SC: You're absolutely correct, it has been and continues to be one of the most prevalent topics that investors are raising during engagements with their portfolio companies. They're keen to understand whether and how ESG factors are being considered when determining executive pay. When we speak to our clients and their boards, they do tell us that they're seriously and closely examining the viability of incorporating ESG metrics into their pay programs, but they do express concerns over the difficulty in determining which metrics are most effective. Also companies with strong sustainability programs evaluate holistically the company's ESG performance as it is truly embedded into their long-term strategy. In essence, executives are already being measured on these ESG factors. We don't recommend that a company take the plunge merely because some of its peers have begun to do so or tie a small percentage to an ESG metric narrowly for the sake of favorable optics. It's a very multifaceted process with significant consequences and that must be undertaken with care.
BU: Even when the measures are qualitative (not quantitative), a board benefits from highlighting the focus and impact that ESG factors have on executive compensation.
Susan, since the updates to the ISS and Glass Lewis quantitative pay for performance models seem to be a perennial issue, can you briefly describe what your clients can expect in 2020?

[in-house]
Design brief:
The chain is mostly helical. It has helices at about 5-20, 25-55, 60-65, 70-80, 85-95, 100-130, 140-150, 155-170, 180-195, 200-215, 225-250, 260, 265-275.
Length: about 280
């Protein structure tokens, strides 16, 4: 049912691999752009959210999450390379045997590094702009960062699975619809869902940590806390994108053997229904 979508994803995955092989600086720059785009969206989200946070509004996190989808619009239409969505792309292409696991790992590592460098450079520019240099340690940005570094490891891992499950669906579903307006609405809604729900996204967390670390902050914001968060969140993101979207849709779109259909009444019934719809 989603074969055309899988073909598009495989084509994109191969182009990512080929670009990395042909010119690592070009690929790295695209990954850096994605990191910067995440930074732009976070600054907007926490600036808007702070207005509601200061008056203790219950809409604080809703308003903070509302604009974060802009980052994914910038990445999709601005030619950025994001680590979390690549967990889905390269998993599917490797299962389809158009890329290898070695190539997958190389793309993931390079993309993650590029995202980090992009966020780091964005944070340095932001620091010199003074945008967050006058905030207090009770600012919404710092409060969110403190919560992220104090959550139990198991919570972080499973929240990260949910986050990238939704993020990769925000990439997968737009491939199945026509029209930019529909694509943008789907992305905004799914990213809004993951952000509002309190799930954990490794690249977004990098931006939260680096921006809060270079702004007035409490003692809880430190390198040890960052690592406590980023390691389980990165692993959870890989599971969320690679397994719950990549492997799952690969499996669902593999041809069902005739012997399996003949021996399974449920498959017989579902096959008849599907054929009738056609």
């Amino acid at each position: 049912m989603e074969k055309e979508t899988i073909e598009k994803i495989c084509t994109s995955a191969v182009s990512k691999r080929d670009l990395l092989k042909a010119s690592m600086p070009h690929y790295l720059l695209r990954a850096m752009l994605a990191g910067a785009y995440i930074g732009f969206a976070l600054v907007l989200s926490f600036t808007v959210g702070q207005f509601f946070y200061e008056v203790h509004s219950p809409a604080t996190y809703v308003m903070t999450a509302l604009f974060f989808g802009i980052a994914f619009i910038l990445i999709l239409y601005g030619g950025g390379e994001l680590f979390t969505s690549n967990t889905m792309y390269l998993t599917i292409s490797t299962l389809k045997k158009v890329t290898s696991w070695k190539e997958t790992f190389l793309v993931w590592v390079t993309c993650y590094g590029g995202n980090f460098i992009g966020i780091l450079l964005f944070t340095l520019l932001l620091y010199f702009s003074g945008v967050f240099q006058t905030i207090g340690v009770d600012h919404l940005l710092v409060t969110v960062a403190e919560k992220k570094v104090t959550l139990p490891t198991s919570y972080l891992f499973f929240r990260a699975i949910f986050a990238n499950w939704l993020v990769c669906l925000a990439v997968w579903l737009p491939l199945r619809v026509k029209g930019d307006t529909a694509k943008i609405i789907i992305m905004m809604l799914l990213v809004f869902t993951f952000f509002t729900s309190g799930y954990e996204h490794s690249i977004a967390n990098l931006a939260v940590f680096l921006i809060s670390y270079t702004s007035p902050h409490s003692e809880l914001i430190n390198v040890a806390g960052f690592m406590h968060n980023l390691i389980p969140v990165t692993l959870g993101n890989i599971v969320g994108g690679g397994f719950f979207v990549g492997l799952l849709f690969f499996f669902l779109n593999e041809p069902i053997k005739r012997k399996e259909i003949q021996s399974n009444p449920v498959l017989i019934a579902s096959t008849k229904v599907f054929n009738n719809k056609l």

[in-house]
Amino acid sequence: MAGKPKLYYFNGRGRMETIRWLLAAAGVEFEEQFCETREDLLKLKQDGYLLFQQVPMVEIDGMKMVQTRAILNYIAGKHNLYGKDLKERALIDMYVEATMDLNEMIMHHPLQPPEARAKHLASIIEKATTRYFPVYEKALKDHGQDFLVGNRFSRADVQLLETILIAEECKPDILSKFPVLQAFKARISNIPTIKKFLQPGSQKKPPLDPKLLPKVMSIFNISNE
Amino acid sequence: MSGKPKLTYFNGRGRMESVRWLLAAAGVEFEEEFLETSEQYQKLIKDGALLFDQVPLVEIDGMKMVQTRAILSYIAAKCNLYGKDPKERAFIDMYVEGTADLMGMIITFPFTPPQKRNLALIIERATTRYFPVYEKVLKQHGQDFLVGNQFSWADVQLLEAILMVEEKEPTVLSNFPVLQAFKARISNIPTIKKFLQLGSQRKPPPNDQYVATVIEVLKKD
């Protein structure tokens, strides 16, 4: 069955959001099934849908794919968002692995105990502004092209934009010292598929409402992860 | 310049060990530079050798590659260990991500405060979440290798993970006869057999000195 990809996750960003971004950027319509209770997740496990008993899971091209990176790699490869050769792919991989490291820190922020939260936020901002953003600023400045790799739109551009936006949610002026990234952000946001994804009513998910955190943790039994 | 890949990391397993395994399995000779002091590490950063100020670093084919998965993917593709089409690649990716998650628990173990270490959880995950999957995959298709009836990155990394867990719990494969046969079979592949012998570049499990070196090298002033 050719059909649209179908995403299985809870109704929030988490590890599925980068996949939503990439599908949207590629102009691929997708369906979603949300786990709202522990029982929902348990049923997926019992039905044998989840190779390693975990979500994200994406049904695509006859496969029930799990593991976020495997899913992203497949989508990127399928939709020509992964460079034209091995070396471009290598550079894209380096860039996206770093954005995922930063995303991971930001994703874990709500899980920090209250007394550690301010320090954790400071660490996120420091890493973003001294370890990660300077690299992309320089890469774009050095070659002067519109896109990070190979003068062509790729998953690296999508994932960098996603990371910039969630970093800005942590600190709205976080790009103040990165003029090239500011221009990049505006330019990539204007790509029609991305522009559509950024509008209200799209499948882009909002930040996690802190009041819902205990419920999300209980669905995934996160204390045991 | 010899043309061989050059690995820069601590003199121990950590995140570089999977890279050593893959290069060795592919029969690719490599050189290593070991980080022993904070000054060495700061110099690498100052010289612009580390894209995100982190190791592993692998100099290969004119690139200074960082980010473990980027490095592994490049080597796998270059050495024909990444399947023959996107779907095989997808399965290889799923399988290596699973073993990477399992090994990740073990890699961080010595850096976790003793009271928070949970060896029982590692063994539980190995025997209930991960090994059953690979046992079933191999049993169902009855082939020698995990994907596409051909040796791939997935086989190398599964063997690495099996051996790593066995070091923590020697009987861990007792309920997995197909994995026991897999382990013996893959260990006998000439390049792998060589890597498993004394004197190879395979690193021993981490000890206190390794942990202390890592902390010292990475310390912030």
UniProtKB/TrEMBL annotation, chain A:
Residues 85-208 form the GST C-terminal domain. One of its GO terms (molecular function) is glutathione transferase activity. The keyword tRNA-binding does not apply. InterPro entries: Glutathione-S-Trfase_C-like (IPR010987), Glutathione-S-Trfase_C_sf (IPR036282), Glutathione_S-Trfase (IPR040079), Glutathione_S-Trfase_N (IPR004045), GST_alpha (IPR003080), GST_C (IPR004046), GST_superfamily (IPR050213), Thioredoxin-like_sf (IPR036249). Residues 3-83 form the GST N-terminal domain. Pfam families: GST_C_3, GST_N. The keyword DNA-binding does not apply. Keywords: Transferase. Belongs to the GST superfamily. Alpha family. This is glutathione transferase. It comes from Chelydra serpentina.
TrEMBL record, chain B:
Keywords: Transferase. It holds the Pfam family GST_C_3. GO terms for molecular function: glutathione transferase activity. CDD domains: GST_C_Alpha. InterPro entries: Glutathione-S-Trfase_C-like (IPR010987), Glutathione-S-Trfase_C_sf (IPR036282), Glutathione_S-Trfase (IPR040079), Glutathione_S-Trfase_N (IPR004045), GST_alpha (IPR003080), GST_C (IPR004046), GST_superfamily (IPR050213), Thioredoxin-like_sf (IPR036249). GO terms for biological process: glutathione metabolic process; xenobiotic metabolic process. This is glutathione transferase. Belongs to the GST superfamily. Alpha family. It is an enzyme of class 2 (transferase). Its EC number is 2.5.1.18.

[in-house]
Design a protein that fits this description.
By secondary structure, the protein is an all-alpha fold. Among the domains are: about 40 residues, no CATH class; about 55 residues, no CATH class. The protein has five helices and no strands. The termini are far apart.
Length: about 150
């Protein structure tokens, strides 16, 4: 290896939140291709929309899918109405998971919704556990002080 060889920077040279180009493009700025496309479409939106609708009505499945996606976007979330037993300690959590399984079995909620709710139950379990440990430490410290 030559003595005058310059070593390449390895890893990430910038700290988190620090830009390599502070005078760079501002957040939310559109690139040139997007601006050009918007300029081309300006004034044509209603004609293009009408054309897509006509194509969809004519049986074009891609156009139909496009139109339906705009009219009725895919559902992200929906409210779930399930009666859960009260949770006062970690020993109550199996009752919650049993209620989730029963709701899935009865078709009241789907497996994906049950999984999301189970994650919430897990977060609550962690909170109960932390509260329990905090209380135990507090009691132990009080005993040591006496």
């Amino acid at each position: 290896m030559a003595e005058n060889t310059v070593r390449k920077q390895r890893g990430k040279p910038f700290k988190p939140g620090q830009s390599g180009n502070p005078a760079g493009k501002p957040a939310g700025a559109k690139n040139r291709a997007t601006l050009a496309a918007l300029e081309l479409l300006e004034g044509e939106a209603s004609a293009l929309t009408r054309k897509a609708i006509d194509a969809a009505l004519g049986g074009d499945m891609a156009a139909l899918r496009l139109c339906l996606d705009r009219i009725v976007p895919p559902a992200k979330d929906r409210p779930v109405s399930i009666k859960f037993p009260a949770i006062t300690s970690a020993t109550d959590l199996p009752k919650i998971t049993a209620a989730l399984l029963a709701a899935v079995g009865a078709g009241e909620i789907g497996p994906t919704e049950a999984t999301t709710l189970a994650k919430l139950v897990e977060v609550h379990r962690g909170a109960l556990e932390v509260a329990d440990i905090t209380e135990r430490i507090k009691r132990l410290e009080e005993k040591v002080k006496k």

SC: On the ISS front, while relative TSR (Total Shareholder Return) will continue to be the dominant metric in the quantitative screen, the firm is replacing the use of GAAP metrics with four Economic Value Added (EVA) metrics and a Financial Performance Assessment (FPA) test which serves as a modifier in determining the overall quantitative pay for performance concern rating. The GAAP metrics will continue to be included in the reports, but ISS had indicated that they will be for display purposes only. The significance of this change is that there is little visibility into the ISS EVA calculations, not only for the target company but also for its peers. This means less transparency and more uncertainty about how a company will fare under the ISS model. For Glass Lewis, due to a data vendor change from Equilar to CGLytics, the firm has indicated that there will be notable changes to a company's peer group in 2020, which obviously can have a material impact on the quantitative pay for performance outcome.
Bill, anything further on the ISS and Glass Lewis pay for performance model updates?
BU: It's worth observing the continuous pattern of advisory firms moving the bar on Say on Pay speaks to why it's so important for issuers to stay connected to their actual shareholders and make sure they are clearly articulating the Compensation Committee's rationale for pay decisions, the merits of the program, and the connection to performance and strategy. We can count on ISS and Glass Lewis continuing to redefine their methodologies on this issue.
Susan, any last minute advice?
SC: One of the most important areas that we advise our clients on is on the quality of their disclosure and corporate reporting. Especially as companies prepare their proxy statements for 2020, in particular the CD&A, since we're talking about compensation, not only is effective disclosure critical, but it's often a determining factor in mitigating investors' and proxy advisors' concerns about the merits of pay programs.. How a company crafts its story and messaging will go a long way in resonating with a company's top holders and other stakeholders and it remains the most important medium of communication next to direct engagement.